What personality type is your character?

Wim van 't Einde on Unsplash

Try using personality types as a kind of scaffolding when you set characters in scene. Put them together and see how they are different, and where they are similar.

When I was exploring Eleven and Lilian’s characters in my novel Radiant Shimmering Light, I made notes on their Myers-Briggs personality types. Lilian is an INFP, and Eleven is an ENFJ. This gave me ideas about how they might react in certain situations.

You can find out more about Myers-Briggs types online, if you’re curious — Pinterest has some fun infographics, and there is a free quiz you can do here to find out your own personality type.

The last letters of the 4 set refers to how others tend to see a character’s behaviour — in this case, P or J (P= perceiving, or flexible and J = judging, or structured). I leaned heavily on these differentiations, because this I knew I could show character by externalizing their actions through scene.

“I have no time to connect! I have to take care of the five hundred emails from people who were felt up by their yoga teachers! I have to plan the Ascendency Oahu retreat! I have to take care of the chocolate backorders! I have to edit the audio for your podcasts! I have to finish painting my commission for Nana Boondahl! I have to write my newsletters every week! I have to do my laundry!” I begin to hyperventilate.

Lilian felt panic about all of the deadlines in her to-do list because for Ps, having too many dates set in stone can be a source of anxiety. I knew that Lilian preferred to take things as they came, so she could remain open to possibility.

Her affinity to watercolour — one of the more unpredictable artistic mediums — was also an homage to her personality type.

“That’s what the delete button is for,” says Eleven. “You’re not here to make everyone happy.”

“So you think I just delete it, and don’t respond?” I ask.

“Do you know how much hate mail I receive every day?” Eleven beams. “Delete them, and every time you press delete, treat it as a meditation bell. Delete — and think of all you’ve accomplished.”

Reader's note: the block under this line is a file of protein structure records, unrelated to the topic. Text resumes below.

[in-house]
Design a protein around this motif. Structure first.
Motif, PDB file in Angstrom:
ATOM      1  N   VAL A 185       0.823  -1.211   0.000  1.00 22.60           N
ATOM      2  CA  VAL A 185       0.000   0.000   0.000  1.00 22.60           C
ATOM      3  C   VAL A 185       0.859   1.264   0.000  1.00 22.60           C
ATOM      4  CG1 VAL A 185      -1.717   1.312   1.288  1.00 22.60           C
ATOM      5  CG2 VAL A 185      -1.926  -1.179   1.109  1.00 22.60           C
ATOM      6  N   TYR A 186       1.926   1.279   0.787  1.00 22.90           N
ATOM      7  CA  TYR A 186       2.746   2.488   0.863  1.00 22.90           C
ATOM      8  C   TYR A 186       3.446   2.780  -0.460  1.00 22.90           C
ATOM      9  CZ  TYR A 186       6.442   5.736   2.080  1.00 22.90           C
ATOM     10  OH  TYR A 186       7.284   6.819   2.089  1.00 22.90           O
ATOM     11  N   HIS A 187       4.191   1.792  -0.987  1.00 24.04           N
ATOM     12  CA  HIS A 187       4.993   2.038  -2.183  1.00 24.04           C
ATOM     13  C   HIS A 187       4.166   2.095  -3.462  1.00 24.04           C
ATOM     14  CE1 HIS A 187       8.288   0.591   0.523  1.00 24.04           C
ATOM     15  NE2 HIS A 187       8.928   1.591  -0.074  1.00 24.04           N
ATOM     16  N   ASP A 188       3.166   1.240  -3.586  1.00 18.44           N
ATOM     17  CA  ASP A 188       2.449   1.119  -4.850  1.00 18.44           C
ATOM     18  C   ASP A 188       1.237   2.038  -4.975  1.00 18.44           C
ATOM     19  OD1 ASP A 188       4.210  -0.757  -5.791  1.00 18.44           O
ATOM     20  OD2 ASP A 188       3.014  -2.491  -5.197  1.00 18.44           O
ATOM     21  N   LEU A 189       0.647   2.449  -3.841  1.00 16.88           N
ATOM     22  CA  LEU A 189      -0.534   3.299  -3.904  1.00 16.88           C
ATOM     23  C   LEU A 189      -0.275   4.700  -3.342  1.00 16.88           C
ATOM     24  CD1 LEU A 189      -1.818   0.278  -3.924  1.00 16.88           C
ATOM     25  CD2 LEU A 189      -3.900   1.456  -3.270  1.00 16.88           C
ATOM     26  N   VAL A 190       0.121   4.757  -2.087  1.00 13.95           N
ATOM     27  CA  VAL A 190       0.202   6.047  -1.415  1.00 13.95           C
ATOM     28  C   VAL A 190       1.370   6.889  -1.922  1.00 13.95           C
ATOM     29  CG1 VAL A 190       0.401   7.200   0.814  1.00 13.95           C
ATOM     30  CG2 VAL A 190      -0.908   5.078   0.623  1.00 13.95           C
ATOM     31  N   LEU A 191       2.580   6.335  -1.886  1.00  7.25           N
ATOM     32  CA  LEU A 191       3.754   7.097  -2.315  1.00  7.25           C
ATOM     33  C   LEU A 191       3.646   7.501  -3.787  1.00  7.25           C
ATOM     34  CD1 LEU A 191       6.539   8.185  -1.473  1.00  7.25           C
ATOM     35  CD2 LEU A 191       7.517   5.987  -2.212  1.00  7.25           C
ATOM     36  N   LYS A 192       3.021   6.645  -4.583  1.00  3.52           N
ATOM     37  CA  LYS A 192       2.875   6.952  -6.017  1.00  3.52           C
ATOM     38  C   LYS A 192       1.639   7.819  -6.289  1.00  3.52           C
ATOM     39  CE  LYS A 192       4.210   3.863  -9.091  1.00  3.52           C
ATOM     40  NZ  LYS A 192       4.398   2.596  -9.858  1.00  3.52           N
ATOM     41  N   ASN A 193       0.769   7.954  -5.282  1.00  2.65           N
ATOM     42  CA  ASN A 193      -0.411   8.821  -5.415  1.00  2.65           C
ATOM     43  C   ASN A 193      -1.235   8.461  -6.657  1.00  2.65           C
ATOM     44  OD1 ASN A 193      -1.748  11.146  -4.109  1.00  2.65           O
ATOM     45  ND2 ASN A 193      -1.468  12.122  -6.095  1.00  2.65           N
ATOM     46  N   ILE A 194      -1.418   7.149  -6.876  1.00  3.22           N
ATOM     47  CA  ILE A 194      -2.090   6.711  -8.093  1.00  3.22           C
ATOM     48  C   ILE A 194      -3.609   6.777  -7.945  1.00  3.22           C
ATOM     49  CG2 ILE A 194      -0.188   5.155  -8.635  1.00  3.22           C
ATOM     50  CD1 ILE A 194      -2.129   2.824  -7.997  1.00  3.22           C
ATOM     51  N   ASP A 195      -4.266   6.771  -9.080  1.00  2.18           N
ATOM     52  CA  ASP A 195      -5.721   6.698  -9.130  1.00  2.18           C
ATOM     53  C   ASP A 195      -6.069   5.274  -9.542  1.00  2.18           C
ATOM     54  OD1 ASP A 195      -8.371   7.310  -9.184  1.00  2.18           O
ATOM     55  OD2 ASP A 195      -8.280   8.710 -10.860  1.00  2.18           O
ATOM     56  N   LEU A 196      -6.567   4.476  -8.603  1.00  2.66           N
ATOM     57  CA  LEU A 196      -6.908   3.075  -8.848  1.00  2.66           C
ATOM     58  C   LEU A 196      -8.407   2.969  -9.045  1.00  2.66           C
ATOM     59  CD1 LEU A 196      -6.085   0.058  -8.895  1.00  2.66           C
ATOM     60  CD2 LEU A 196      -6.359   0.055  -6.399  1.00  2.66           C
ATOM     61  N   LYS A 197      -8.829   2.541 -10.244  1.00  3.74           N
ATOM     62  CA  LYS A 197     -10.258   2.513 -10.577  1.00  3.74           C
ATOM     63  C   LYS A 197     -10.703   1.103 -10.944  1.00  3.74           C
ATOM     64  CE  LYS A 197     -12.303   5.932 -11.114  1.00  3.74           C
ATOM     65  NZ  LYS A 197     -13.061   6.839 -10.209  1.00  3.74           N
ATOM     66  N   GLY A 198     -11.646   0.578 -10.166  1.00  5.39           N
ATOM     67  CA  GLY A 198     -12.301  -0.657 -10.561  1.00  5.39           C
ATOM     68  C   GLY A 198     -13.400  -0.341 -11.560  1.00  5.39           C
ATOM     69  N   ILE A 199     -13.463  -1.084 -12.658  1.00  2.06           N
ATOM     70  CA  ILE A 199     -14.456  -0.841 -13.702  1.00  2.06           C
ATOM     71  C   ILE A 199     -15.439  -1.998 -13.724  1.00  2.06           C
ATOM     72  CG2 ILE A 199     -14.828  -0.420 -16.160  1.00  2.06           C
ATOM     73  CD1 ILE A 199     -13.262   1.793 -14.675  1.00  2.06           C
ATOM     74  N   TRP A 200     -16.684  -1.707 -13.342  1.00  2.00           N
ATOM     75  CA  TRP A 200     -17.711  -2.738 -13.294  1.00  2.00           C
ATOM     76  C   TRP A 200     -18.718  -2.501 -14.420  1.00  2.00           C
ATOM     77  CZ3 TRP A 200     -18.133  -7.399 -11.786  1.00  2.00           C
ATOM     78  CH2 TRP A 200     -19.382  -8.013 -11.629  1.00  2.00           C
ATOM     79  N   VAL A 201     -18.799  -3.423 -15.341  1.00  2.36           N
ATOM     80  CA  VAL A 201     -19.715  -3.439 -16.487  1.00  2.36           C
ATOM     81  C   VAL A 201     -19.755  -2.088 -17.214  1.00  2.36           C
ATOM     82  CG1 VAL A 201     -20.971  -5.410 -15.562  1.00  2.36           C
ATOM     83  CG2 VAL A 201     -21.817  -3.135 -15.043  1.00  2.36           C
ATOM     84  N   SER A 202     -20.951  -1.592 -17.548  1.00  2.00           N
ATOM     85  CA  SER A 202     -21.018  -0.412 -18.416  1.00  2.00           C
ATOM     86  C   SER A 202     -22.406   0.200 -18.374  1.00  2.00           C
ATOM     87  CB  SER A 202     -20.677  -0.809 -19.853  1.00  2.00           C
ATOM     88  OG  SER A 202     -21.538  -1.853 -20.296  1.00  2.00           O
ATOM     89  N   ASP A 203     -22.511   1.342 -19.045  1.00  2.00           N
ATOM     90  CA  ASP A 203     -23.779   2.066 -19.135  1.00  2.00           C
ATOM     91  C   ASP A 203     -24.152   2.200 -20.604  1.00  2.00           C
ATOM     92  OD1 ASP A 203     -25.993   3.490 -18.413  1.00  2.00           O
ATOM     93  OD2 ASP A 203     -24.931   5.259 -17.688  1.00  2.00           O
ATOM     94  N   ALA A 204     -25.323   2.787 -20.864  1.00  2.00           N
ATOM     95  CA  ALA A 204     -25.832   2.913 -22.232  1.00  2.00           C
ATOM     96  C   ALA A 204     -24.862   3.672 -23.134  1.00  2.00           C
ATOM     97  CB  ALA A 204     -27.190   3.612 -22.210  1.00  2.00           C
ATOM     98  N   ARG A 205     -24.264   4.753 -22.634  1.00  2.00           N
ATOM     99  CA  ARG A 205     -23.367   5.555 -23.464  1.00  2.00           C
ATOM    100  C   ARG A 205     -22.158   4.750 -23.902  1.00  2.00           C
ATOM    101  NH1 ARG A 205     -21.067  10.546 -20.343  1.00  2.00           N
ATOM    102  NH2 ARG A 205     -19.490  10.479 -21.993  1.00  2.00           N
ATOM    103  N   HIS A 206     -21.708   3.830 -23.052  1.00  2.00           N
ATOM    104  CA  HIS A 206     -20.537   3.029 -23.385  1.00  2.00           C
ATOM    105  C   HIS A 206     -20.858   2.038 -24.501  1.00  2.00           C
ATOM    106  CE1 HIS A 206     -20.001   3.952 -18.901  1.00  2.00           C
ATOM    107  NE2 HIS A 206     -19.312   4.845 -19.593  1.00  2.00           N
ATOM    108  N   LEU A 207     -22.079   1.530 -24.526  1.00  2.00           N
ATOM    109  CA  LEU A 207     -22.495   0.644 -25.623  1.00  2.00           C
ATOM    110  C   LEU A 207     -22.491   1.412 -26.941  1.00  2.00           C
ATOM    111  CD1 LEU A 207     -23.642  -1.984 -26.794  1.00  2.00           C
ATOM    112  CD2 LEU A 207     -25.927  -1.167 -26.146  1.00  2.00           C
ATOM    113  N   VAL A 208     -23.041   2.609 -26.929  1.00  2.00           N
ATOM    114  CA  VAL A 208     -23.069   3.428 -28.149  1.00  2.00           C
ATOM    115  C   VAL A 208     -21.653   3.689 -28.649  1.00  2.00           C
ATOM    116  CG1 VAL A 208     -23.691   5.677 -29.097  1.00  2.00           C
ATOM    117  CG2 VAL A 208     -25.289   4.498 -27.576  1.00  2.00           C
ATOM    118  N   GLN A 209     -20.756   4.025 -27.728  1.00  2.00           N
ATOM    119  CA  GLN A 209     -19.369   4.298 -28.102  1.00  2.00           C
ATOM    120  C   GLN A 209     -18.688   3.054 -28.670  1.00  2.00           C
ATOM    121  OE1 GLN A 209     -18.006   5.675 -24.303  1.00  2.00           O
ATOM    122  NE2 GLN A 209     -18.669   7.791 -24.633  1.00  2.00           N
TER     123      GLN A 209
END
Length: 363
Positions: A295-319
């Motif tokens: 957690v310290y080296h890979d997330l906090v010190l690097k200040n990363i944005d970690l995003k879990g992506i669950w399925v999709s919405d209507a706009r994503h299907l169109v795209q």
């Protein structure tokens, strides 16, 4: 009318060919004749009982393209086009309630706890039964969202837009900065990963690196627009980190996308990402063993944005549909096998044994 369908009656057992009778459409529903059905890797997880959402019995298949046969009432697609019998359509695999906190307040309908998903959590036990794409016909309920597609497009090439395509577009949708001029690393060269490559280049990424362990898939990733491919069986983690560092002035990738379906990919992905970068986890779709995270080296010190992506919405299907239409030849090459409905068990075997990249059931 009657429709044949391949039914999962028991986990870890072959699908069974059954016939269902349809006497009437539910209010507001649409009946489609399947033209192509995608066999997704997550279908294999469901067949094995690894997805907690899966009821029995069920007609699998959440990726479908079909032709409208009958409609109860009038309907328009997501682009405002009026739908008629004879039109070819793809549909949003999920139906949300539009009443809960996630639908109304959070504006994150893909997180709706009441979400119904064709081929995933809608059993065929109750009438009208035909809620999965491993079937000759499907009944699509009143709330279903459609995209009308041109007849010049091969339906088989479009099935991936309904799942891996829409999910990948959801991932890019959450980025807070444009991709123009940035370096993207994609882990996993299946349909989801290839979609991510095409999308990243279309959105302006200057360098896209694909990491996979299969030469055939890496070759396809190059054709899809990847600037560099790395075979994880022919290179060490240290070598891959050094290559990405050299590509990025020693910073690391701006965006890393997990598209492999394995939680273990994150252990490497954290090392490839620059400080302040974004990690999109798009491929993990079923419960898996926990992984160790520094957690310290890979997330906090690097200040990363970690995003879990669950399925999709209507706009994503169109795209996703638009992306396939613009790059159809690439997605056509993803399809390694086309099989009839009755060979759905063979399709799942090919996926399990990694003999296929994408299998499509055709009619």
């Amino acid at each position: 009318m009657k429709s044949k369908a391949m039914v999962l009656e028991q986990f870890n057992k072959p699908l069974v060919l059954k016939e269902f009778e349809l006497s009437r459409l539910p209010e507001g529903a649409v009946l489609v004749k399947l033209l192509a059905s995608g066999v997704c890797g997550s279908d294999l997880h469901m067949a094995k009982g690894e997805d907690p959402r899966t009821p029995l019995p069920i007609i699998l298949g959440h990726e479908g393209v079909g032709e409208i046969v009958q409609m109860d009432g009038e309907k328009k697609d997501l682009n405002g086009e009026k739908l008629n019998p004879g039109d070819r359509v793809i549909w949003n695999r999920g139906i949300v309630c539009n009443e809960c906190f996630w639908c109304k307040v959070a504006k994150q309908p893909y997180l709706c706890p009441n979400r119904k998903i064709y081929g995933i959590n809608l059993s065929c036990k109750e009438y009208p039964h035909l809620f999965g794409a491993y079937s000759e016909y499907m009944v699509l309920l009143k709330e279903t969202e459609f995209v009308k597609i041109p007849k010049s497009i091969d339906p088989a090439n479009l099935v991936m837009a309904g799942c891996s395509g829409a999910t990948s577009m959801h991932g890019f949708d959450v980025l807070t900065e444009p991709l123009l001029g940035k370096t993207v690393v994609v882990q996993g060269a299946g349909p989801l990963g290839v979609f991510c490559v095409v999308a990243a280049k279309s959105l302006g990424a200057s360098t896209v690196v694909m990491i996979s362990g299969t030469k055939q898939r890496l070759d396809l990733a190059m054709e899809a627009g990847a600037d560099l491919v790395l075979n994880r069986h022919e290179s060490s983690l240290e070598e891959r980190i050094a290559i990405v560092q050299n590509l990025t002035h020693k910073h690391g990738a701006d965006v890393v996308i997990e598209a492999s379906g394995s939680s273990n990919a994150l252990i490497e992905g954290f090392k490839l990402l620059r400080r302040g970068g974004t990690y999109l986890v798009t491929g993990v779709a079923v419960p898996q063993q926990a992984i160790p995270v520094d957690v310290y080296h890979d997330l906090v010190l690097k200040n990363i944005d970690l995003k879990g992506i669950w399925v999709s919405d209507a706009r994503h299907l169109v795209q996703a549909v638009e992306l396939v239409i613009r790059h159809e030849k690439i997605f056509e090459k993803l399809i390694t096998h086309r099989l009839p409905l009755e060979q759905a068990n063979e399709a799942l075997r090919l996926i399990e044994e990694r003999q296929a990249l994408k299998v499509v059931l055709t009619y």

Eleven, however, was a J. She made decisions and booked things ahead of time because this gave her a sense of control. Eleven could make order out of chaos. She could make decisions in a flash without worrying about consequences.

And because she was an E — extrovert — she had ample energy and charisma to lead Ascendency.

I also knew that both women were NFs, and that this was where they connected. NFs are described as idealistic, generous, and intuitive. Both Eleven and Lilian are visionaries — flawed and human to be sure, but absolutely passionate about what they believe in.

Personality quizzes like Myers-Briggs, Enneagram, or even the zodiac can be really helpful as you write characters, especially if they aren’t anything like you.

They can also be great resources if your characters get stuck in passivity, and you don’t know what kind of action they would take in any given scene.

Story always comes out of character. Knowing your characters is the best way to write a story that feels real and true.

xo,


Photo credit: Wim van 't Einde on Unsplash


Writing from a state of calm.
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3 comments

Elizabeth Westra

Thanks, Sarah, for the good stuff about personality. It's such an interesting subject to explore. I'm going to try it out on a character or two.
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Kristin Offiler

I love this idea. I've been really into my Enneagram type recently and just a few weeks ago wondered what type each of the characters in my novel might be. I think figuring that out would not only be a great exercise in character, but a genius way to make sure their reactions always feel true to who they are. Thanks, Sarah! P.S. I'm a true Enneagram 6!
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Stephen D. Forman

I think I visited the wrong site, cause when I ran my protagonist through the ENYAGRAM, he came back as an "Orinoco Flow," when he's obviously a "Caribbean Blue." Pffft.
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